Nothing is yours. Nothing is mine. We own nothing. You get onlywhat you deserve. And if you don’t get what you believe you deserve, well, that’s the way it was meant to be!
Last evening we were at a music concert. It was free seating for all classes in the audience. However, by paying an extra price you could reserve vantage seats in the hall. As we settled down into our seats that were available randomly, we noticed that the two seats immediately in front of us were labelled “Mr.Brij”. There was a couple seated in them, who, we presumed, were “Mrs. and Mr.Brij”. Soon the hall filled up. We were two minutes away from the start of the show, when two gentlemen walked up the aisle, to the seats labelled “Mr.Brij”.
One of them told the lady, who was seated closest to the aisle: “M’am, I think there’s been a mistake. You both are in our seats!”
The lady replied rather brusquely: “Perhaps we are. But we are going nowhere!”
The man was startled. Obviously, you don’t expect someone who is sitting in a seat you have reserved to be brazen about it. He politely requested the lady and her husband to get up. When they did not respond, the man went looking for one of the volunteers ushering in people. He came back with someone who seemed to be in a position of authority in the auditorium. The organizer-volunteer too appealed to the couple to get up and be seated elsewhere – among the free seats. But the couple were unrelenting.
As we watched this spectacle, dumbfounded as we were by the couple’s obstinate behavior, announcements were heard asking the audience to be seated quickly to enable the concert to begin.
The man, ostensibly the real Mr.Brij, pleaded one more time: “M’am, my name is up here on the seats. These seats are mine.”
The lady, continuing to be curt, replied nonchalantly: “We are not getting up!”
The announcer backstage had begun to introduce the artistes now. Mr.Brij and his friend looked at the couple disbelievingly. Helplessly. Then Mr.Brij leaned over and told them: “Enjoy the show with my compliments.” There was no sarcasm. No anger. Just a plain, calm wish. He then urged his friend to walk with him. My eyes followed them as they found seats that were vacant at the far end of the auditorium. From where they were seated now, the stage would not be as well visible as it would have been, had they got the seats they had reserved. It was a significant compromise Mr.Brij had made. I am not sure he made that compromise because etiquette demanded that he did not hold up the show. From the way the couple who were squatting in his seats were behaving, had Mr.Brij been persistent and insistent, the organizers would have had to forcibly evict them. This would have surely held up the start of the concert. Or perhaps, Mr.Brij is an evolved and mature human being. Who prefers not to cling on to his position and who practices detachment.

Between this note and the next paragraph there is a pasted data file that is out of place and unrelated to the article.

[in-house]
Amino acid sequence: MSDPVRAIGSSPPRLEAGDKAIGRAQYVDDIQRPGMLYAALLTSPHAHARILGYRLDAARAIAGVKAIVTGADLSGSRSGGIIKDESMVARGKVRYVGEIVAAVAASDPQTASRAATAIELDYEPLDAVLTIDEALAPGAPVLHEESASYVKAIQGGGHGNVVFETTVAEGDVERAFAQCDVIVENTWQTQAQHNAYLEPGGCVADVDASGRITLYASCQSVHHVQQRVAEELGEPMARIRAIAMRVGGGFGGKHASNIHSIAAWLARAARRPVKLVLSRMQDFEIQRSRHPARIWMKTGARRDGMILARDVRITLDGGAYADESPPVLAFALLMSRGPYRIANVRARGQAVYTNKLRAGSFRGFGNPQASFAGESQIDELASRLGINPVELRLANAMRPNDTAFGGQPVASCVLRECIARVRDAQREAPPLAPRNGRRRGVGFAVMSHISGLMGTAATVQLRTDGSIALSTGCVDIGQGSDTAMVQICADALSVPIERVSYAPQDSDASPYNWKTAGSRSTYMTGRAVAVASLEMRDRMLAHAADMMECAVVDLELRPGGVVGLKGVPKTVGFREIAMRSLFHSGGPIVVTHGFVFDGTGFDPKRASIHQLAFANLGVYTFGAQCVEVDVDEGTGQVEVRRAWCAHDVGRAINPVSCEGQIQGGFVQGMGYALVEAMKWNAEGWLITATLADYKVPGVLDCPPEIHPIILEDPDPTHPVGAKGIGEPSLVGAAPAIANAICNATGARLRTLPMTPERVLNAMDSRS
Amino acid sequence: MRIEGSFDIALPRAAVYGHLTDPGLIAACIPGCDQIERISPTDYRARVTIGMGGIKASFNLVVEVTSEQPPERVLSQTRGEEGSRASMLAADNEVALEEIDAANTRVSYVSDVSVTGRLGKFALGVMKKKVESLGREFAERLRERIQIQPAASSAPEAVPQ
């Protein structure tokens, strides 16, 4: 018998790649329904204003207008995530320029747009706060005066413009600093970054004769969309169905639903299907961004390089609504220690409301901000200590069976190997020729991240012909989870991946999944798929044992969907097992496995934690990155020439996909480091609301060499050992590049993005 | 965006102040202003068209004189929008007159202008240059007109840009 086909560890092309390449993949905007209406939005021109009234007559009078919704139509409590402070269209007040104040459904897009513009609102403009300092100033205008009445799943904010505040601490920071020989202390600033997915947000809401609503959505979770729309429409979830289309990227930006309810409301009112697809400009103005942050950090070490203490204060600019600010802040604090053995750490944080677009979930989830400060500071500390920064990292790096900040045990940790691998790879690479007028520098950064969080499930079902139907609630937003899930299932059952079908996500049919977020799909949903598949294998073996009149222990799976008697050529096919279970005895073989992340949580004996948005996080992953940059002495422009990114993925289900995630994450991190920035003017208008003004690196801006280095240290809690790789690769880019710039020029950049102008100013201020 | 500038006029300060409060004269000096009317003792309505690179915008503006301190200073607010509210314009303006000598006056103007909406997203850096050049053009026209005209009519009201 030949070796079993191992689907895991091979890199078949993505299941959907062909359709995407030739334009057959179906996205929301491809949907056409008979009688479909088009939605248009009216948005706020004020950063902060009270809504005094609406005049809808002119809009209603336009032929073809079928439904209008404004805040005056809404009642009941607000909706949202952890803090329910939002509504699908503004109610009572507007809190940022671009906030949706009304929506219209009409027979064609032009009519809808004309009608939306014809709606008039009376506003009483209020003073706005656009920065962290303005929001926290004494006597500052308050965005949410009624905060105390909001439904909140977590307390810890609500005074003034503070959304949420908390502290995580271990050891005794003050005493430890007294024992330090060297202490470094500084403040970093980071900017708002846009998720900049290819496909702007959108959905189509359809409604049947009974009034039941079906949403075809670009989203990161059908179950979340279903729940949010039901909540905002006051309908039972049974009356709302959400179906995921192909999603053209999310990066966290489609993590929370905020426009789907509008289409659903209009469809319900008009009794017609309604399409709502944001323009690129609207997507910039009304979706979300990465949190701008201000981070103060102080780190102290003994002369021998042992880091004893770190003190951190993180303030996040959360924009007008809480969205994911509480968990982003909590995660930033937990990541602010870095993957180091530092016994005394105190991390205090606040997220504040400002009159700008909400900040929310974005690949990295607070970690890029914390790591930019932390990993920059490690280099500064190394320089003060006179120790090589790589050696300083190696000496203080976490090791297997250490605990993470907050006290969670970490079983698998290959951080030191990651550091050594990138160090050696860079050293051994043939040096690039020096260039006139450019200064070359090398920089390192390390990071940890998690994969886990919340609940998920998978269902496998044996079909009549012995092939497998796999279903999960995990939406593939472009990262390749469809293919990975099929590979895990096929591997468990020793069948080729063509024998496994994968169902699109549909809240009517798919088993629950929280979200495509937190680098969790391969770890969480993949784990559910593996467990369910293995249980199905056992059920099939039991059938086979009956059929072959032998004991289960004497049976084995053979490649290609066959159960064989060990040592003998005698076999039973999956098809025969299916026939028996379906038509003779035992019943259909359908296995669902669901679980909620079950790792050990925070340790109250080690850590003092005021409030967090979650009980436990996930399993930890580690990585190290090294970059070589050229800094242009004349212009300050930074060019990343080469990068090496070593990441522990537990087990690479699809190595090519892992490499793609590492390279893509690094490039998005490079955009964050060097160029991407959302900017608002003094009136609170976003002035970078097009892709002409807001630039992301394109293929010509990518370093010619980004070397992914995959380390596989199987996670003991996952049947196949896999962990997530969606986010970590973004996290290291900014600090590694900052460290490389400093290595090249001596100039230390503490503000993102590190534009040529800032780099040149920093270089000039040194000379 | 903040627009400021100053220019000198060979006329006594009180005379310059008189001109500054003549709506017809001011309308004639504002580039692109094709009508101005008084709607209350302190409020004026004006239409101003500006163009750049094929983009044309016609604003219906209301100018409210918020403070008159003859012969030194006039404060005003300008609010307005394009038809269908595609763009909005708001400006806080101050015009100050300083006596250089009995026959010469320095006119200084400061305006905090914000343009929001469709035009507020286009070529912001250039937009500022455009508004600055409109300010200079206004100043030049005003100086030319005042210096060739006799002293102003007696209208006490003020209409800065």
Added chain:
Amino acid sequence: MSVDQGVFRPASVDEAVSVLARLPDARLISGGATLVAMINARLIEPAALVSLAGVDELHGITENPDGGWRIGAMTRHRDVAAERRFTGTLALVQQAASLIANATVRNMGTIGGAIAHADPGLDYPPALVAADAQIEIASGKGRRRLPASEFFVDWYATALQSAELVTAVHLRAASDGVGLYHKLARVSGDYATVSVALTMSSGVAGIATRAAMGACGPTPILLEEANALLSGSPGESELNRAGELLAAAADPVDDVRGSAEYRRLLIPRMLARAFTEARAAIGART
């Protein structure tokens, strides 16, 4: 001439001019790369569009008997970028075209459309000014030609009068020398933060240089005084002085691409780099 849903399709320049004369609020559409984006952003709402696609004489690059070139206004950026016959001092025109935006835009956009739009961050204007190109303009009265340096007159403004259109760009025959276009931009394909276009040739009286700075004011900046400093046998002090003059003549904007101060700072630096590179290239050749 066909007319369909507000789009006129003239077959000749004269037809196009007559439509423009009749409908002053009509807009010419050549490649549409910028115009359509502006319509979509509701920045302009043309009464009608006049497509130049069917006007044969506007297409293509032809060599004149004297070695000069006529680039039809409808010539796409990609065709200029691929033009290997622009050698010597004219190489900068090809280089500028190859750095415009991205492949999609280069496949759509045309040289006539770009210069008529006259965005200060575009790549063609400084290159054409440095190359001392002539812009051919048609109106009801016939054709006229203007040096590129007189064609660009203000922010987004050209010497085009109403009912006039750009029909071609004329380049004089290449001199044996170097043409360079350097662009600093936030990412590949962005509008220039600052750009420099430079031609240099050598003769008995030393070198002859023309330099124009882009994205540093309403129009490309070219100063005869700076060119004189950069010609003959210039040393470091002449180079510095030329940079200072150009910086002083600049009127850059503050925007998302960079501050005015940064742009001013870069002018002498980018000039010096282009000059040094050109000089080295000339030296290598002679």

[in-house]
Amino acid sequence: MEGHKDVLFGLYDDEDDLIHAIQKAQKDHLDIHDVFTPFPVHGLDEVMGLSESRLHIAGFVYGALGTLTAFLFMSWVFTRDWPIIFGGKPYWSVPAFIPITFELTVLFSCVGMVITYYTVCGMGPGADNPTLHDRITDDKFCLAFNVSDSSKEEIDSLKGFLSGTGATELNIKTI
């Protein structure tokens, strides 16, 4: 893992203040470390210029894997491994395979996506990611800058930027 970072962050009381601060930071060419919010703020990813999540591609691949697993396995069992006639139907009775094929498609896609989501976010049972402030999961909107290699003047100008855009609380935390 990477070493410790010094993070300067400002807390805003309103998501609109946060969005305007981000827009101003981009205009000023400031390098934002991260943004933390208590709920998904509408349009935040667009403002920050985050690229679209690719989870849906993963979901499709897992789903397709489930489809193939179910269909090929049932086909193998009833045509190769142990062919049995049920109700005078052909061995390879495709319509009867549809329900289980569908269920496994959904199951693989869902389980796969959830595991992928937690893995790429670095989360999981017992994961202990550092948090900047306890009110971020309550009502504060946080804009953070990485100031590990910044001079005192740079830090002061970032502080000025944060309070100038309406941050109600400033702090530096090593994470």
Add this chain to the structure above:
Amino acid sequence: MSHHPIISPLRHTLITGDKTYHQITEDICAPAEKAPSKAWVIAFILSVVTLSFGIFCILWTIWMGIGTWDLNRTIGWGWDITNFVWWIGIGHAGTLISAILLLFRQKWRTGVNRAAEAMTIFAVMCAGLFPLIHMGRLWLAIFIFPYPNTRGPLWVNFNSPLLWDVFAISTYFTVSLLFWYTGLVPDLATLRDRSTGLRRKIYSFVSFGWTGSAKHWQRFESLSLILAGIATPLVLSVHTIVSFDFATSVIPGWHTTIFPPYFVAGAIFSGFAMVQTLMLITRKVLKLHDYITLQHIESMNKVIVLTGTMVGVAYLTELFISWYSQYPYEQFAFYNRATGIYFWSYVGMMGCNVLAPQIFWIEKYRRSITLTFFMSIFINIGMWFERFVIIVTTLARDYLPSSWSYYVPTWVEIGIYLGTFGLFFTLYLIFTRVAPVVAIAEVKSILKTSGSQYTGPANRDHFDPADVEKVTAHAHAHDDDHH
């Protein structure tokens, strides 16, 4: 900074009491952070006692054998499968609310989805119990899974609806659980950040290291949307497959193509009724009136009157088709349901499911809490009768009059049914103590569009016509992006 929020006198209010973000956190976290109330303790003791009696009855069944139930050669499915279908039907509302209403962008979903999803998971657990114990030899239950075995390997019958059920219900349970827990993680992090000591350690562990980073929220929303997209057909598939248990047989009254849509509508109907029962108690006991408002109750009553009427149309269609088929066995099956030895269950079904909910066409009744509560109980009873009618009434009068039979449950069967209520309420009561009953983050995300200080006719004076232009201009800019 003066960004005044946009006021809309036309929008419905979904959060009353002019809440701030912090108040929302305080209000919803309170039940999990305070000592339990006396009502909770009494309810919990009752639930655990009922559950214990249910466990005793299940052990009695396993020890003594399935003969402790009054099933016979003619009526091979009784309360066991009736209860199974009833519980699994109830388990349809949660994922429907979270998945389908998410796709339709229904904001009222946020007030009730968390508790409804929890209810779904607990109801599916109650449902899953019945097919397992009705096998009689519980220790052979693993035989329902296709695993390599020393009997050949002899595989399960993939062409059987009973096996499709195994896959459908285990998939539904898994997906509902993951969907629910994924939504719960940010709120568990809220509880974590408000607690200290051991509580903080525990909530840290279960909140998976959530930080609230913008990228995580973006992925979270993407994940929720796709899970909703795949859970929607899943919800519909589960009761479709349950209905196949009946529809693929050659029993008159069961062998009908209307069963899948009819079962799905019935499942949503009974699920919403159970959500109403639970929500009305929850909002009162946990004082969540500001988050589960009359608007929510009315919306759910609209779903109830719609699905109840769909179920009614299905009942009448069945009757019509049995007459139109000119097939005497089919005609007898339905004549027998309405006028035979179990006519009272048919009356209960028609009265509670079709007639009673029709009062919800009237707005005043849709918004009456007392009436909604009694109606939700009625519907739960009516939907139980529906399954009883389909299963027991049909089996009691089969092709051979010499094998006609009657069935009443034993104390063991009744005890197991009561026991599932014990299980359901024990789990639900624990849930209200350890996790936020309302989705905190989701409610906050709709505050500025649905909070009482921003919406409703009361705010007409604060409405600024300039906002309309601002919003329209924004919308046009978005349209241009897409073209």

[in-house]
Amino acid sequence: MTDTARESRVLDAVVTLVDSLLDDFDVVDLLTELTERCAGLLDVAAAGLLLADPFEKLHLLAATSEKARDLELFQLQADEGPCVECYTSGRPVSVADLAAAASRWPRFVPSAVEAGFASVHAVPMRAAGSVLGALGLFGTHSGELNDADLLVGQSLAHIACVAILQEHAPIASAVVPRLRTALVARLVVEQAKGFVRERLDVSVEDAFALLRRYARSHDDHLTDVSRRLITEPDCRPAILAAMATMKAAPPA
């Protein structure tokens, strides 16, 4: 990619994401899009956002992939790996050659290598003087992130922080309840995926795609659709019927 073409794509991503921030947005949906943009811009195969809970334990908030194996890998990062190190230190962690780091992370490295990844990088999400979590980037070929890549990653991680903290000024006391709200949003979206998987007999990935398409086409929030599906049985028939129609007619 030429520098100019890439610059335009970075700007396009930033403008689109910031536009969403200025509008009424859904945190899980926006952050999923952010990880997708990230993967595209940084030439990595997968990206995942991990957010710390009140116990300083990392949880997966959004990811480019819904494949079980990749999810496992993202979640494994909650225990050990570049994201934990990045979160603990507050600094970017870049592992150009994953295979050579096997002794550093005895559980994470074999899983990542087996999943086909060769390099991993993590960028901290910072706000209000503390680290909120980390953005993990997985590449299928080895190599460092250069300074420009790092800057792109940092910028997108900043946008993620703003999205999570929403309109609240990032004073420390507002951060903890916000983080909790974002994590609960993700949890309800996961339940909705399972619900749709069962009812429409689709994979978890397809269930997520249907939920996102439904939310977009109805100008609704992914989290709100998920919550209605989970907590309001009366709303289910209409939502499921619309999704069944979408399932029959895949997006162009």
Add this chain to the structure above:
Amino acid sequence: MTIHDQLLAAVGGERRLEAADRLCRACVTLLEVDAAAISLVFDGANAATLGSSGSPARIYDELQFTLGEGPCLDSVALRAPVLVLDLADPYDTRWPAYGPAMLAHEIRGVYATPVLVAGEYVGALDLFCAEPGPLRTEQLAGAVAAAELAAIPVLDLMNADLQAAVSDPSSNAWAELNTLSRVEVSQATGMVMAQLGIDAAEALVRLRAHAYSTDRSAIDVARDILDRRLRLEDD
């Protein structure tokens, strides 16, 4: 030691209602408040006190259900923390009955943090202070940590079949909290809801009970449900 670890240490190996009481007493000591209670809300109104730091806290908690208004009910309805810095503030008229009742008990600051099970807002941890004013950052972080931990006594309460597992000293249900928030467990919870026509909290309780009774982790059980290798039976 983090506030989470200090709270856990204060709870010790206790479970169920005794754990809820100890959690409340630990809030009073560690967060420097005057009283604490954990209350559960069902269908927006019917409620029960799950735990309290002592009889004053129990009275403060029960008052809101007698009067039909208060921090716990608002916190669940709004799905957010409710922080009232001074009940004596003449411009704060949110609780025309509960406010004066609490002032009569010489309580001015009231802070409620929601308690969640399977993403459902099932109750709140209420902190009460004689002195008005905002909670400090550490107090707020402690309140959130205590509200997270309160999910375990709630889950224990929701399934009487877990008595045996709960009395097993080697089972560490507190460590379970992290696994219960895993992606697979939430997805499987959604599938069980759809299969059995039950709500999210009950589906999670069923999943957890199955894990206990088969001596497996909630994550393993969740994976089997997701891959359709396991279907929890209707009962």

Whoever he is, Mr.Brij made me think. Would you or I have let go what – especially what is morally, ethically, legitimately – is ours? Would we have been able to practice detachment in this, or any similar, situation?
The lesson that Mr.Brij’s attitude teaches us is simple. Don’t let your possessions__and positions__ruin your inner peace.
The more we cling on to material assets – a premium reserved seat is certainly one of them – and/or to opinions, the more we will have to battle the world to keep our possessions secure. The world is full of people who, like that unreasonable couple in the auditorium, will encroach into your Life or will drag you into petty squabbles. They will provoke you with their brazenness. Each time you respond to their silly designs or each time you fight them to correct them or demand your due, you will squander your inner peace. Being detached in such situations is an intelligent response. Because attachments always bring misery. Being detached is the one sure way to experience joy!
However, detachment does not mean giving up your right or not standing up for justice. It only means that you should not let what has caused you to fight, and the fight itself, to ruin your peace of mind. Always evaluate each situation when you feel outraged by such devious behavior__like that of the couple in the auditorium__by asking yourself whether your clinging on to your position will affect your inner peace. If it will, and it surely will, simply let go. It’s simply not worth it. If you, on the other hand, feel it won’t and it will benefit all parties concerned, by all means fight for what is right and what is just!